Stepwise linear regression analysis was conducted to identify factors contributing to SS and physical impairment. Models from regression analysis for SS and physical impairment are shown in Table 5. Regression analysis showed that increased pain severity (R(2)=0.31), increased STAI state anxiety scores (R(2)=0.09), increased STAI trait anxiety scores (R(2)=0.03), and increased level of depression level (R(2)=0.02) were associated with higher scores of SS. A total of 45% variance was explained with these variables in SS (Table 6). Regression analysis showed that increased pain severity (R(2)=0.27), increased STAI trait anxiety scores (R(2)=0.03), increased BDI (R(2)=0.02) and increased level of depression level (R(2)=0.03) were associated with higher scores of physical impairment (Table 5). A total of 35% variance was explained with these variables in physical impairment (Table 6).
In this study, we aimed to investigate the frequency and most common symptoms of fibromyalgia among pregnant females and to determine the impacts of FS on physical functioning and psychological status. We found that, of a total of 360 pregnant subjects, 37.7% had FS. Furthermore, we observed that, in the presence of fibromyalgia, the physical and psychological parameters were negatively affected. Compared with pregnant females without FS, the number of painful areas was significantly higher in pregnant females with FS. Lower back, upper leg, lower leg, and abdomen were the most affected sites. Additionally, mean SS, fatigue, waking unrefreshed, and cognitive symptoms values were significantly higher in pregnant females with FS while fatigue/tiredness, muscle weakness, headache, chest pain, pain/cramps in the abdomen, dizziness, depression, constipation, nausea, frequent urination, and muscle pain were the most common somatic symptoms.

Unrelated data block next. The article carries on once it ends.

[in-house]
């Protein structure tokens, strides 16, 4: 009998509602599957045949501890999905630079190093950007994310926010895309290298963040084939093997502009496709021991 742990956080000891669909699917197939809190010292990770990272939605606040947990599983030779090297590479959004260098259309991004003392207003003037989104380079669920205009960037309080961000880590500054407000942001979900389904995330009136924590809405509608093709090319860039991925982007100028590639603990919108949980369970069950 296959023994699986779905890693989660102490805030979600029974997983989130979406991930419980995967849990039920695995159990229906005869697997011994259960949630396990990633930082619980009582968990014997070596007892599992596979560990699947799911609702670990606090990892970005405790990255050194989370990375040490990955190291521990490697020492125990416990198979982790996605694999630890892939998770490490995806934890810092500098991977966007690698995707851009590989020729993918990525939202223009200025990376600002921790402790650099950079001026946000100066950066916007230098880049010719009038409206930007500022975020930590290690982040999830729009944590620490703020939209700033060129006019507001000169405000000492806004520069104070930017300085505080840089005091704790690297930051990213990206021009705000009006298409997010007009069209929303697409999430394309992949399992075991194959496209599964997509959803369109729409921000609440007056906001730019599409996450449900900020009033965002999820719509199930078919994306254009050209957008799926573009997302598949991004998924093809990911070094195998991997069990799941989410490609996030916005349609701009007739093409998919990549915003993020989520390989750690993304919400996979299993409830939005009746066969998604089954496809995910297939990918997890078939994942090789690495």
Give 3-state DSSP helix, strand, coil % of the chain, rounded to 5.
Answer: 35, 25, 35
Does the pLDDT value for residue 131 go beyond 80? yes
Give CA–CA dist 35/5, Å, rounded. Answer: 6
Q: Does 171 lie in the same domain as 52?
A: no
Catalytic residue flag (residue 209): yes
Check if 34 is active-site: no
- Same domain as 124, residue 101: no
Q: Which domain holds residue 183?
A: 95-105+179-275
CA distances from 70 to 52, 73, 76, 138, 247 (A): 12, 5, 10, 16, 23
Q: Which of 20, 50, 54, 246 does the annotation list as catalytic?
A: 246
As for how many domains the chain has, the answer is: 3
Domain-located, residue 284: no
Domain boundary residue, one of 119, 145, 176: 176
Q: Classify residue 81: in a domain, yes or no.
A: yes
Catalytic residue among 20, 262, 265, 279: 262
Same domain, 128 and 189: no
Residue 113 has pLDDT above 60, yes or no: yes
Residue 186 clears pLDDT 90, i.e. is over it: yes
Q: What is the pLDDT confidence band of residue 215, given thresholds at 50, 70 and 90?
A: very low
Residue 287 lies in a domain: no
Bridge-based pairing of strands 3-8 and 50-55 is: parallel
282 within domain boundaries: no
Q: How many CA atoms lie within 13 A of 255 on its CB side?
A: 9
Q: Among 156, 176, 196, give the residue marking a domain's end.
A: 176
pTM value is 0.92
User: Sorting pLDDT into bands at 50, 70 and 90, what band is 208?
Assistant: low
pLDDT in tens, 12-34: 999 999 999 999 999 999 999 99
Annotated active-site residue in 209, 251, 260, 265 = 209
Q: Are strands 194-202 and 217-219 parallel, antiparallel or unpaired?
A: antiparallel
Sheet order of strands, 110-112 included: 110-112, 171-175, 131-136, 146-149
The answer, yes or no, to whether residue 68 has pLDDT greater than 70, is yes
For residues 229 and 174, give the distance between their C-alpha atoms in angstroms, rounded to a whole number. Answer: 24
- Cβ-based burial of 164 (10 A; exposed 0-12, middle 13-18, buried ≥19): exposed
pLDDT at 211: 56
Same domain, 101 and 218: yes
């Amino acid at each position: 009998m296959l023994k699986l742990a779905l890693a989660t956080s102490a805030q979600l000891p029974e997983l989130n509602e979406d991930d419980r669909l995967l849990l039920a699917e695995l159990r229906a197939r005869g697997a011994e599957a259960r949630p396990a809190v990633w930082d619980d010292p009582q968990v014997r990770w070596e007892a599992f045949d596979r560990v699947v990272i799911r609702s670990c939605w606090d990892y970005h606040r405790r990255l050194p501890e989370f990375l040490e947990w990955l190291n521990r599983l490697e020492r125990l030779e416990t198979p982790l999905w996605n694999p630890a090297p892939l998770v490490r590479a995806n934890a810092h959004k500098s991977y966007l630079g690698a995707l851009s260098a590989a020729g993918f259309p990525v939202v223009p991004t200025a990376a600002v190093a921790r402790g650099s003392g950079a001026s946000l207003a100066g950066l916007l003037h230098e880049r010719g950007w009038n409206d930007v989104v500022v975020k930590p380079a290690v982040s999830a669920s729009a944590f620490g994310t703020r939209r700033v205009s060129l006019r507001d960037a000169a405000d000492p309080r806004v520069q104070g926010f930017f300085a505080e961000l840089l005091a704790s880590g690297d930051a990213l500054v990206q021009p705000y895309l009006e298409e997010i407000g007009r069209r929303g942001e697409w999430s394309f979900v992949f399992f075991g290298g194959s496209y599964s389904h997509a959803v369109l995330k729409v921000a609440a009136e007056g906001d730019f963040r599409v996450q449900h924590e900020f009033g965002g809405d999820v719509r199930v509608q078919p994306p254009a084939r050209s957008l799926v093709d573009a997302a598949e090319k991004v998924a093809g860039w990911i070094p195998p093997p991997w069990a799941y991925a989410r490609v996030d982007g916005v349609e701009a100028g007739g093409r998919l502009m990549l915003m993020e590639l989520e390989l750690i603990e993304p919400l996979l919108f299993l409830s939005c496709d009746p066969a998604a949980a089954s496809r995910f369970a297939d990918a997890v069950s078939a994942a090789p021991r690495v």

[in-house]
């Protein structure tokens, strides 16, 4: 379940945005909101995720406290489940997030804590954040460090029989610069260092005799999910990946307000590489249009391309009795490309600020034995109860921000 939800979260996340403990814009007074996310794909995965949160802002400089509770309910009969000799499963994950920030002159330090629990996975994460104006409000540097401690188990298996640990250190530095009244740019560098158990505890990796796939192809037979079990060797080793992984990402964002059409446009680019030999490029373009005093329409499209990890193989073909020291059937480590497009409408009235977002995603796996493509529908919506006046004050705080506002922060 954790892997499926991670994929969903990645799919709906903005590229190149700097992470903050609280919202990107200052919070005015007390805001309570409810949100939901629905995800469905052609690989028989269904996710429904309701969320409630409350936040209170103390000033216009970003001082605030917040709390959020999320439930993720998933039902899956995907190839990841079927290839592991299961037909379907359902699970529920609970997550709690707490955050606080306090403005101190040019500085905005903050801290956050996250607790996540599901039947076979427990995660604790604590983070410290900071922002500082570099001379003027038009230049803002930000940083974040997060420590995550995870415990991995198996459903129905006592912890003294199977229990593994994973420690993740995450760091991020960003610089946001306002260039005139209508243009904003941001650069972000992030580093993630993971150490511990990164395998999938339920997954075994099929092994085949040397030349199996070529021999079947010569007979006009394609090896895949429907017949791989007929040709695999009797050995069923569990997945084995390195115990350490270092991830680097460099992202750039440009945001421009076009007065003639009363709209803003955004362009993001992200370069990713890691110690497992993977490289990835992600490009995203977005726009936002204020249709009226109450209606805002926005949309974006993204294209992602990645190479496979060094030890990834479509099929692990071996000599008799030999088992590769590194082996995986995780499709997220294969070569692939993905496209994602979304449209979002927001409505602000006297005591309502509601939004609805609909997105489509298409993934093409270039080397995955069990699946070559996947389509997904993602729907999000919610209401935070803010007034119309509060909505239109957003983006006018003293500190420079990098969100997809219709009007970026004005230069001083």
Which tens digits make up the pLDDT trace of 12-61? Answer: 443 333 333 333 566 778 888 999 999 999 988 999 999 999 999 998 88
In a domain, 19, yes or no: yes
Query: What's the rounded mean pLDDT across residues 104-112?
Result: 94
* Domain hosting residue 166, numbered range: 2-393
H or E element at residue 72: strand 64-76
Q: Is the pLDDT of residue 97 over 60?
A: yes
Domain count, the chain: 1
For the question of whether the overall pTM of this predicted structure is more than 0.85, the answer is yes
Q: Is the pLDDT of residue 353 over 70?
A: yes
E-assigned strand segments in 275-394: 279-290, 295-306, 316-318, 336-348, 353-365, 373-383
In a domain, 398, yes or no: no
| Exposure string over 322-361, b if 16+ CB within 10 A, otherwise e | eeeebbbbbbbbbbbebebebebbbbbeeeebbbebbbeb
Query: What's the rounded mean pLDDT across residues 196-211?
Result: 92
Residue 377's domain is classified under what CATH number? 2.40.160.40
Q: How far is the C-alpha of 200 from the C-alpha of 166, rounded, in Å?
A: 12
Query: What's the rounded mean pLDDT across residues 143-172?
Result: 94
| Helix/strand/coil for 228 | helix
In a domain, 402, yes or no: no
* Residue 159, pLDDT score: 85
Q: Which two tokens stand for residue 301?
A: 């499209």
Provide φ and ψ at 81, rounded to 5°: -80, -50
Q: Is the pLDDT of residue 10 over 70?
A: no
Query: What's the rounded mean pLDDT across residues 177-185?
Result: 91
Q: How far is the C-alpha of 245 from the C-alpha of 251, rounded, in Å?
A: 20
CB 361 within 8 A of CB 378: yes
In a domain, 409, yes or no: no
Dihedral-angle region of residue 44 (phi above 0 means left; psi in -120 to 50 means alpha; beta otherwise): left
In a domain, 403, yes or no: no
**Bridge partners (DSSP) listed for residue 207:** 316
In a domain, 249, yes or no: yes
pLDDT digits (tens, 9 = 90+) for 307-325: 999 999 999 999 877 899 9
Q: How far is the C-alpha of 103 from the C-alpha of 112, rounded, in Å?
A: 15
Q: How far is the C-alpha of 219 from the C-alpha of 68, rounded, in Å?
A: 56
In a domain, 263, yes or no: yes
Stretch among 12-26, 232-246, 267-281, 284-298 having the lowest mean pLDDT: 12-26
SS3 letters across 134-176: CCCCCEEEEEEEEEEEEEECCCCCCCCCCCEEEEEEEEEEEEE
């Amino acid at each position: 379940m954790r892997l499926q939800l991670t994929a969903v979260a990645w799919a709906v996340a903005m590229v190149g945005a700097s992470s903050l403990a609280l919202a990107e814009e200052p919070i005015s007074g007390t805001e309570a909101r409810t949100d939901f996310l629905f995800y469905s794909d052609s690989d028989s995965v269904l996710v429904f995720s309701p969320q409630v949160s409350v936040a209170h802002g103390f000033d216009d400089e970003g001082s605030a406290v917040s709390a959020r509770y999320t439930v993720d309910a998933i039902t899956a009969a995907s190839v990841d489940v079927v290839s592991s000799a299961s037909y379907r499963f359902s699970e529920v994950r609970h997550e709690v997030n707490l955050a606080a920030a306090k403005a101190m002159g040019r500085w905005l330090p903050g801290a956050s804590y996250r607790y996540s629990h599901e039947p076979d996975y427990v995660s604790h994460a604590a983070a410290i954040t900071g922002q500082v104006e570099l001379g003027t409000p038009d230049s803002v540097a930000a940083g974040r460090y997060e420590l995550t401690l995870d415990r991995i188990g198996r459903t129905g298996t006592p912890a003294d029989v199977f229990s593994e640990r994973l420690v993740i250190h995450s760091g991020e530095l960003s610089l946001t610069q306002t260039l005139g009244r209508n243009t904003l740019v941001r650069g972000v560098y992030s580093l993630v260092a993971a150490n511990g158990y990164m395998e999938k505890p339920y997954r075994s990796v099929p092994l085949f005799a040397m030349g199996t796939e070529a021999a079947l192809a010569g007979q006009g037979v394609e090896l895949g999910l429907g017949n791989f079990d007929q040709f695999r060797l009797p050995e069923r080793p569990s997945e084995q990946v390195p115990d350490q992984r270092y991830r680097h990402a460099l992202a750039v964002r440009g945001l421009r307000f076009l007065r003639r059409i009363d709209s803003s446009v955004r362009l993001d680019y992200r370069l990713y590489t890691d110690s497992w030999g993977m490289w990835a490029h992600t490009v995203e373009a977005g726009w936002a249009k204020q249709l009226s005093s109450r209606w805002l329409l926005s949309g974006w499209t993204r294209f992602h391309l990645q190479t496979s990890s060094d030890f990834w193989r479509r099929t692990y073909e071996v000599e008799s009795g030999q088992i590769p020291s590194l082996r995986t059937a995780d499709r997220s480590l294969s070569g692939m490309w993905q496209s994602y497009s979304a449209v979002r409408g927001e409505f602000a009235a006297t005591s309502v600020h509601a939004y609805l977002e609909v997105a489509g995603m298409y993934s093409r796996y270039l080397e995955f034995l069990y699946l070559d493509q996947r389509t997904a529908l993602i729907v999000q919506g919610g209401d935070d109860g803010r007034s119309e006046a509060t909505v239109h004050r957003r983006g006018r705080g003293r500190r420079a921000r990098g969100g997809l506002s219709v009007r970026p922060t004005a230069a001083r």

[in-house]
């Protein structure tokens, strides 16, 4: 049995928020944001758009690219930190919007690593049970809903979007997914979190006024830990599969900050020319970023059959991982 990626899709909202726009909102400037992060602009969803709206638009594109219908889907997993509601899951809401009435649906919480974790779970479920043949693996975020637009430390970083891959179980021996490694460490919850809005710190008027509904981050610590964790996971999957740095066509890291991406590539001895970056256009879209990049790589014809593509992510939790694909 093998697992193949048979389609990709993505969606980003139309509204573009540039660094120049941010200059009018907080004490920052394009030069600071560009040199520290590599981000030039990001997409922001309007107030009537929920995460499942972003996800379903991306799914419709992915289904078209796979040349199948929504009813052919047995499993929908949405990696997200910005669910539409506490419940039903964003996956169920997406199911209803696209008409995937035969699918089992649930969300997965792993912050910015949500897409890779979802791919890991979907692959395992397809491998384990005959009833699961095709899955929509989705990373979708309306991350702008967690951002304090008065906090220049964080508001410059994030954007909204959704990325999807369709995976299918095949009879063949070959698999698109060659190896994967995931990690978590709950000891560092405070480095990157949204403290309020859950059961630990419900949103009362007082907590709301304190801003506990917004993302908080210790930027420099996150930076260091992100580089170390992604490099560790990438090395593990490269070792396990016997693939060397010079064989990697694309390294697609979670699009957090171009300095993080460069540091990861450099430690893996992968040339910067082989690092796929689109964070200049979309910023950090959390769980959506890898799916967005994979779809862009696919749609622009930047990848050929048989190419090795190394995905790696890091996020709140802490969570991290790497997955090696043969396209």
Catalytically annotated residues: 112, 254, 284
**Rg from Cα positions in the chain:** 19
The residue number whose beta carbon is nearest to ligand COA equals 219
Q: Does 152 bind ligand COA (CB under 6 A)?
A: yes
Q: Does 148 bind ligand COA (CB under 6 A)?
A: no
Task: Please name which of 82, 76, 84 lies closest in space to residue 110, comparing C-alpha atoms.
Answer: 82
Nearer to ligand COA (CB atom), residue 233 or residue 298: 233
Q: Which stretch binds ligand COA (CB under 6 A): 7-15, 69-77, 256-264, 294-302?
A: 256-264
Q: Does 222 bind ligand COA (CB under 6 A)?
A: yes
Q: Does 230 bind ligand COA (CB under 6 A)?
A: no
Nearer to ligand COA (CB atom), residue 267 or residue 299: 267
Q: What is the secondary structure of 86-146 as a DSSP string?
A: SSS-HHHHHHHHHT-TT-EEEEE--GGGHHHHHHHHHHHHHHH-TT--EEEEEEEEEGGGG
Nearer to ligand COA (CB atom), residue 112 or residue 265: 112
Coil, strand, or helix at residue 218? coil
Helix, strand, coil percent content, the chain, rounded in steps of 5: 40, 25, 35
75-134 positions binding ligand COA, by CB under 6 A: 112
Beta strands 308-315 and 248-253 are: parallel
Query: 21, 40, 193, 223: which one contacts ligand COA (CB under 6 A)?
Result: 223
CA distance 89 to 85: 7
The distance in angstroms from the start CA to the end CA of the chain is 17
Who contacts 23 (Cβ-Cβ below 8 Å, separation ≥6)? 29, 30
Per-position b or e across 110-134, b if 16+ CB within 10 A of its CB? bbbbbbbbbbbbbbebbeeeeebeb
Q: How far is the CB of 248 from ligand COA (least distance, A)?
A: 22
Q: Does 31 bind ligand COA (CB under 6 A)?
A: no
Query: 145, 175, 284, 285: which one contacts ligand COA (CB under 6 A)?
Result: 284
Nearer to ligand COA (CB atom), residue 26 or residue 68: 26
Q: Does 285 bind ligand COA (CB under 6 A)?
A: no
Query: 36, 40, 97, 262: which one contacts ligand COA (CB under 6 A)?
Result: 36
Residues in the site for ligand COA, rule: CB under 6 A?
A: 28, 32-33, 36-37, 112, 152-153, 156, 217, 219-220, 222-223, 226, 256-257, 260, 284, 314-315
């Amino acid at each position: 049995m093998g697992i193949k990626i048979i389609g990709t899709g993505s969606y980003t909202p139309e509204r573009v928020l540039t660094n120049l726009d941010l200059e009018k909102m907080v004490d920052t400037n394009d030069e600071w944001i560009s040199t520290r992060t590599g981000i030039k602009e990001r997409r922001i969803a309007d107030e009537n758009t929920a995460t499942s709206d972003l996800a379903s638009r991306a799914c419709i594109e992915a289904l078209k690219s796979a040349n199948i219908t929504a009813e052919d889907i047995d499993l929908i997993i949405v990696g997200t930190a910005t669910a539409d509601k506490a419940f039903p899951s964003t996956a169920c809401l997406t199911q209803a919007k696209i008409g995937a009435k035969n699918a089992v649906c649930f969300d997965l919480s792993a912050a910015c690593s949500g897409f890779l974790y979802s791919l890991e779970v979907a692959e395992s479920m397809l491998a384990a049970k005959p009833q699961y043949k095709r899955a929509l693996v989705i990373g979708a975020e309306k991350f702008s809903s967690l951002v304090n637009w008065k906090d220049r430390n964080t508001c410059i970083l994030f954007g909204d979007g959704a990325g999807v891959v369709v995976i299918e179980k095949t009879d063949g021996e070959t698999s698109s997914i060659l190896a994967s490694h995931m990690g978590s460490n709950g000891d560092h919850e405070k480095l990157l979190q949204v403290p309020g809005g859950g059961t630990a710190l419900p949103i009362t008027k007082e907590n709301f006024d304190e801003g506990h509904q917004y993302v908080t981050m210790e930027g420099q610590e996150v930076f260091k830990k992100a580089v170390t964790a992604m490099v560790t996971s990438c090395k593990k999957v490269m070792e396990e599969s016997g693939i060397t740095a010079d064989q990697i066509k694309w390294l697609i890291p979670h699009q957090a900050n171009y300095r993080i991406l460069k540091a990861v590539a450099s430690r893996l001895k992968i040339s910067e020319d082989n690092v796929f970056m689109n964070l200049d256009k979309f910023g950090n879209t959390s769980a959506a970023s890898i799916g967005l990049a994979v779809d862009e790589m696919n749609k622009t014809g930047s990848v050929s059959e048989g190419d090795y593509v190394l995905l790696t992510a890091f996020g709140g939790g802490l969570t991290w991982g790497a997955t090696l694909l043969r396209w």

Fibromyalgia syndrome is a chronic pain disorder frequently affecting females of fertile age.(6) The true incidence and prevalence of fibromyalgia are unknown. There is an overall 6 to 15% prevalence rate in the United States with a five times greater incidence among females than males. In rheumatology clinics, the rate of new diagnosis is approximately 10 to 20%, whereas in non-specialized settings, the rate is 2.1 to 5.7%.(16,17) Prevalence of FS is reported as 3.6% in Turkish females aged between 20 and 64.(18) Although FS frequently affects females of fertile age, the prevalence of fibromyalgia among pregnant females has not been clearly defined. In a study by Saa’d et al.,(5) out of 100 pregnant females recruited, 27 fulfilled FS criteria, compared to 136 subjects (37.7%) out of 360 pregnant females in our study. The high rate of FS in our study may be due to the high number of participants. To our knowledge, no other prevalence studies have been reported in the literature. So, further studies are required to investigate the true prevalence of FS in pregnancy.